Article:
If you’re subscribed to Verbum Now, you just got access to a bunch of new features! Take a look at what we’ve added:
Miracles of the Bible Interactive
The miracles in the Bible are surrounded by a lot of narrative text. That makes comparing and contrasting them difficult. The Miracles of the Bible interactive allows you to sort the miracles of the Bible into categories like type (healing, provision, resurrection, etc.), people involved, location, and book of the Bible. Find all the miracles done by Moses, the miracles involving a piece of clothing, or the miracles done in Galilee. Or combine any of these categories—for example, find all the miracles the Israelites experienced involving provision.
Speaking to God Interactive
The Speaking to God interactive displays every conversation with God in the Bible. You can then sort them by type (a dialogue or monologue), the persons involved, and the content (petition, praise, complaint, confession, intercession, etc.). If you want to find every intercessory prayer made by Moses on behalf of the Isralites, the Speaking to God interactive allows you to find them in two clicks.
Link a Lexicon to a Bible
With this feature, jump from an English translation to Greek and Hebrew lexicons with one click. Build a layout you’ll come back to over and over again by linking your favorite lexicons to your English Bible. Move seamlessly from the Bible you’re reading to discussions of the Greek or Hebrew words behind the English translation.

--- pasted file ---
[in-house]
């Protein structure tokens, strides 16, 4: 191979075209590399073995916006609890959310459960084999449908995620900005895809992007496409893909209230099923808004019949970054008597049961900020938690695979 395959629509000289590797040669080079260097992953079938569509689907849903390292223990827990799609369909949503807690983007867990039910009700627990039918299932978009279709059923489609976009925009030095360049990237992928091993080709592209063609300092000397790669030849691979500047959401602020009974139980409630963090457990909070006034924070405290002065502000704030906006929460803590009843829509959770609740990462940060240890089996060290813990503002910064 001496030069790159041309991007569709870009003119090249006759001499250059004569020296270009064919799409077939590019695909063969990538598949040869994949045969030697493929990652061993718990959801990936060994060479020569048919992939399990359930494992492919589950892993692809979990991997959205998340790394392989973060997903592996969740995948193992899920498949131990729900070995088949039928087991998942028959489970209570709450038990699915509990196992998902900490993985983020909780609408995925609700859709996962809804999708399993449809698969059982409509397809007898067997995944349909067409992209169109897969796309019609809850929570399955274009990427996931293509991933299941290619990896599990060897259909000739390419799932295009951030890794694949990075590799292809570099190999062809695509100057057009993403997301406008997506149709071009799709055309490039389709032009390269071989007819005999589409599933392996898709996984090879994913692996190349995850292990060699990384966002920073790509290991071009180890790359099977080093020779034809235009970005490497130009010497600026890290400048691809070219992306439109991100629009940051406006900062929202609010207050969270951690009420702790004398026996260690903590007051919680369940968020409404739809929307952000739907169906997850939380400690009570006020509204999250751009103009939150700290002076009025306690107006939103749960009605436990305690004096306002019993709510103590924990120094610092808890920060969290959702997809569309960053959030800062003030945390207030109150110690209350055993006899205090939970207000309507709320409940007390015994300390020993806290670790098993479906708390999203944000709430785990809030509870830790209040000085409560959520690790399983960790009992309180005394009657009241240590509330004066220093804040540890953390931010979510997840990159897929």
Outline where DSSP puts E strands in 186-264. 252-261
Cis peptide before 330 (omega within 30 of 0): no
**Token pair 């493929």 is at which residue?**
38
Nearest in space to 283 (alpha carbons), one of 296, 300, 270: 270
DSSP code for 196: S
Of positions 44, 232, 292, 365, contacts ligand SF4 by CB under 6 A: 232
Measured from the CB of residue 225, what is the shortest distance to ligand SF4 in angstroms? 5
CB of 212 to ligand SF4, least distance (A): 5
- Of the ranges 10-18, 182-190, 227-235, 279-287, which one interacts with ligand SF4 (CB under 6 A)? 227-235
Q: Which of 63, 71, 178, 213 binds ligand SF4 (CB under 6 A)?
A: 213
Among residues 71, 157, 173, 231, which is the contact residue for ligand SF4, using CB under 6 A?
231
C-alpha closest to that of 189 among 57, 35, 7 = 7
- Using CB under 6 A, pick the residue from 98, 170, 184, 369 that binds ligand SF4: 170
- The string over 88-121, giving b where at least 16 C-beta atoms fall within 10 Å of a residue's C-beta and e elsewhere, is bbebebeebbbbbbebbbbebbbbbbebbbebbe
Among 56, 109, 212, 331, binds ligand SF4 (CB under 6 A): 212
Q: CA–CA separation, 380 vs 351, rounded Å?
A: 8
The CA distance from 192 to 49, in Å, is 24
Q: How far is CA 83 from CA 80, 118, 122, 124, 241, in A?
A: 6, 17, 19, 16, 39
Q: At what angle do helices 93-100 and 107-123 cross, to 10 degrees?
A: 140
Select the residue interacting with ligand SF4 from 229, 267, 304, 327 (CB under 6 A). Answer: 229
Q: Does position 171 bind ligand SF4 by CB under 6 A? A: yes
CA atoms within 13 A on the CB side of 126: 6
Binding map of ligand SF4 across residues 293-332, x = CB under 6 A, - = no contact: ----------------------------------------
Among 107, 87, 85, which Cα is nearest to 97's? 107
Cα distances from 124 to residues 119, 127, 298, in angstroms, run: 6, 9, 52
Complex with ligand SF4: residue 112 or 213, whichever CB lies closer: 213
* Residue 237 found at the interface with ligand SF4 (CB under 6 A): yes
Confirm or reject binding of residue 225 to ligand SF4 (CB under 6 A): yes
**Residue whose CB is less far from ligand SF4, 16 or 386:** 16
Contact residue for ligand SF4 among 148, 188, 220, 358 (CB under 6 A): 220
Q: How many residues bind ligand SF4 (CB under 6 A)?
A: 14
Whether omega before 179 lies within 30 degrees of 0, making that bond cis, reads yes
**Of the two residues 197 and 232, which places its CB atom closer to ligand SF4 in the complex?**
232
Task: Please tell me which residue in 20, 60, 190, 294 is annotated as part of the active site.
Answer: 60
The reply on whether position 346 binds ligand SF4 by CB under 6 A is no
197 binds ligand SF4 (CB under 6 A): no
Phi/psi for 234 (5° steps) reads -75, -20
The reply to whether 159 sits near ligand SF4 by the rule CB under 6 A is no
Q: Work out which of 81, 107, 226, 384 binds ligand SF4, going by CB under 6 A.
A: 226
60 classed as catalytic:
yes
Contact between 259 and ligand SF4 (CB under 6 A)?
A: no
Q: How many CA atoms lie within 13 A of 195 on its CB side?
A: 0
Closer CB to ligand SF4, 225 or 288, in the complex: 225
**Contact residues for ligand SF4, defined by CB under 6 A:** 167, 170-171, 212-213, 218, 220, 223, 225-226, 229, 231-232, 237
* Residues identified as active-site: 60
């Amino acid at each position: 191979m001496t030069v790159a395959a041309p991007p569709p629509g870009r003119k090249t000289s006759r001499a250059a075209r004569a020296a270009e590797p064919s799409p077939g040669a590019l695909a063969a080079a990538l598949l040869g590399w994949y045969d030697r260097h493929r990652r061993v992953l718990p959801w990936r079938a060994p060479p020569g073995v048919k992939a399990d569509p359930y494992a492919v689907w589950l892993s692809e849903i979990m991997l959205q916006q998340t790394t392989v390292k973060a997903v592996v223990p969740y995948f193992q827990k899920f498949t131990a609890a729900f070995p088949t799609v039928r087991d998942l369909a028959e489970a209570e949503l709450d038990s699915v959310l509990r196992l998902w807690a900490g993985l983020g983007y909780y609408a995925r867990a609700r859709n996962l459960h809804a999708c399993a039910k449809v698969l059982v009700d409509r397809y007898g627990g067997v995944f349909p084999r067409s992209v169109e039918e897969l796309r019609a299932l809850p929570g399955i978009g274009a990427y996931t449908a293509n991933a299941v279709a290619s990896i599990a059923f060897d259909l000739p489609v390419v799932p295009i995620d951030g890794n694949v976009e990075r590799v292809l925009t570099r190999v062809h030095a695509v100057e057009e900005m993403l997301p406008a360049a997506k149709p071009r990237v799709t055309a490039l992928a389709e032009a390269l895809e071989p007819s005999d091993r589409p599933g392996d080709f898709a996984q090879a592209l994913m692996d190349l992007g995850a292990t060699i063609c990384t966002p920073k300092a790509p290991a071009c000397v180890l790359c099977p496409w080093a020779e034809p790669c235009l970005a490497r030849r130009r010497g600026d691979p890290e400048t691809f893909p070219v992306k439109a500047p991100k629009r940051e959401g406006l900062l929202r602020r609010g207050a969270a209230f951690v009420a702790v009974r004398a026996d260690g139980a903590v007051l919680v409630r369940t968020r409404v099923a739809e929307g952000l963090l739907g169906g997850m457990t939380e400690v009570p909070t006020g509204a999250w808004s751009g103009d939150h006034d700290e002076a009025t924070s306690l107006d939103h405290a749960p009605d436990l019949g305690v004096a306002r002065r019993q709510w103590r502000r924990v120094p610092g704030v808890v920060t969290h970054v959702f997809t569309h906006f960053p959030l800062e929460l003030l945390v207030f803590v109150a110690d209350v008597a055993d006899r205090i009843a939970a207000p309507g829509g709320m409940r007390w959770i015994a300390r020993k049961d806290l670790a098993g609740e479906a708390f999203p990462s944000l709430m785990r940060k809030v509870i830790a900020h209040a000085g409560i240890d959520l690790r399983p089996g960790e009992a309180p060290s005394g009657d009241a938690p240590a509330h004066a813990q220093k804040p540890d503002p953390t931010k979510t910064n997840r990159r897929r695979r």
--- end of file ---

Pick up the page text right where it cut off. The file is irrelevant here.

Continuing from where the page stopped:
Lexham SGNT Syntactic Force Dataset
Identifying the syntactic force, or use, of a Greek word is a task that many Greek students find difficult and often view as subjective. For instance, the Greek genitive, often translated with “of” in English, can carry a large range of meaning. When Paul states that the “love of Christ controls us,” does he mean that our love for Christ controls us? Or that Christ’s love for us controls us? Or that the love that controls us has a Christ-like quality? These are difficult questions that aren’t easily answered. With this dataset, you can search any interlinear version of the Bible for the syntactic force of a word. Looking for places other than Matthew 28:20 where the word “teach” is considered an instrumental participle? With the Lexham SGNT Syntactic Force Dataset, you can easily find them.
New Preview Resources
Gain free access to The St. Joseph Collection (3 vols.) during the month of March!
If you haven’t yet subscribed to Verbum Now, there’s no better time to start. Get your first month free at Verbum.com/Now!